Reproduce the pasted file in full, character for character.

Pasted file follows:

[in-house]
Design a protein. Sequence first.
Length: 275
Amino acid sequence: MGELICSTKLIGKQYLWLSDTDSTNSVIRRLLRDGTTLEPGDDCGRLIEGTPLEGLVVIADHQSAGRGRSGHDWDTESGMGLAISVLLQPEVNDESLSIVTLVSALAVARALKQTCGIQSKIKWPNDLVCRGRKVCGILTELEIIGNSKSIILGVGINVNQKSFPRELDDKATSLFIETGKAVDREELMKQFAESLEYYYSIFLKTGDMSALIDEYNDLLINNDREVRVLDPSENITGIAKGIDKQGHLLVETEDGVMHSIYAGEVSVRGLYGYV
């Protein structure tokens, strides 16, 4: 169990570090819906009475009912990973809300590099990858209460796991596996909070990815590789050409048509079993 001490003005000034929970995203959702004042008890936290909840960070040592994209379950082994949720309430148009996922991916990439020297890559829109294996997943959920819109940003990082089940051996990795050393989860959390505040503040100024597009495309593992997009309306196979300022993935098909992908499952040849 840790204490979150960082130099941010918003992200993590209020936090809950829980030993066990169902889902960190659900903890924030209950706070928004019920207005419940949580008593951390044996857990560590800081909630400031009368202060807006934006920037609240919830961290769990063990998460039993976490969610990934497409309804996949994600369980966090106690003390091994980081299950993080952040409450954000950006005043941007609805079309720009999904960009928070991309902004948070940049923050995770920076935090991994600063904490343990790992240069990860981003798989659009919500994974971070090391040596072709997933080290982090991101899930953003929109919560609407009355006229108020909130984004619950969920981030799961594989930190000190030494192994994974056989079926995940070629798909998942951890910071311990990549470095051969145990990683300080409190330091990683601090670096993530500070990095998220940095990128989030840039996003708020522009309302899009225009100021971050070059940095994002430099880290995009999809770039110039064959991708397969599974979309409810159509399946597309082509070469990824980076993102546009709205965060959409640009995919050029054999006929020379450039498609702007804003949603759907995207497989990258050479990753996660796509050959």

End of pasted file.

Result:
[in-house]
Design a protein. Sequence first.
Length: 275
Amino acid sequence: MGELICSTKLIGKQYLWLSDTDSTNSVIRRLLRDGTTLEPGDDCGRLIEGTPLEGLVVIADHQSAGRGRSGHDWDTESGMGLAISVLLQPEVNDESLSIVTLVSALAVARALKQTCGIQSKIKWPNDLVCRGRKVCGILTELEIIGNSKSIILGVGINVNQKSFPRELDDKATSLFIETGKAVDREELMKQFAESLEYYYSIFLKTGDMSALIDEYNDLLINNDREVRVLDPSENITGIAKGIDKQGHLLVETEDGVMHSIYAGEVSVRGLYGYV
């Protein structure tokens, strides 16, 4: 169990570090819906009475009912990973809300590099990858209460796991596996909070990815590789050409048509079993 001490003005000034929970995203959702004042008890936290909840960070040592994209379950082994949720309430148009996922991916990439020297890559829109294996997943959920819109940003990082089940051996990795050393989860959390505040503040100024597009495309593992997009309306196979300022993935098909992908499952040849 840790204490979150960082130099941010918003992200993590209020936090809950829980030993066990169902889902960190659900903890924030209950706070928004019920207005419940949580008593951390044996857990560590800081909630400031009368202060807006934006920037609240919830961290769990063990998460039993976490969610990934497409309804996949994600369980966090106690003390091994980081299950993080952040409450954000950006005043941007609805079309720009999904960009928070991309902004948070940049923050995770920076935090991994600063904490343990790992240069990860981003798989659009919500994974971070090391040596072709997933080290982090991101899930953003929109919560609407009355006229108020909130984004619950969920981030799961594989930190000190030494192994994974056989079926995940070629798909998942951890910071311990990549470095051969145990990683300080409190330091990683601090670096993530500070990095998220940095990128989030840039996003708020522009309302899009225009100021971050070059940095994002430099880290995009999809770039110039064959991708397969599974979309409810159509399946597309082509070469990824980076993102546009709205965060959409640009995919050029054999006929020379450039498609702007804003949603759907995207497989990258050479990753996660796509050959």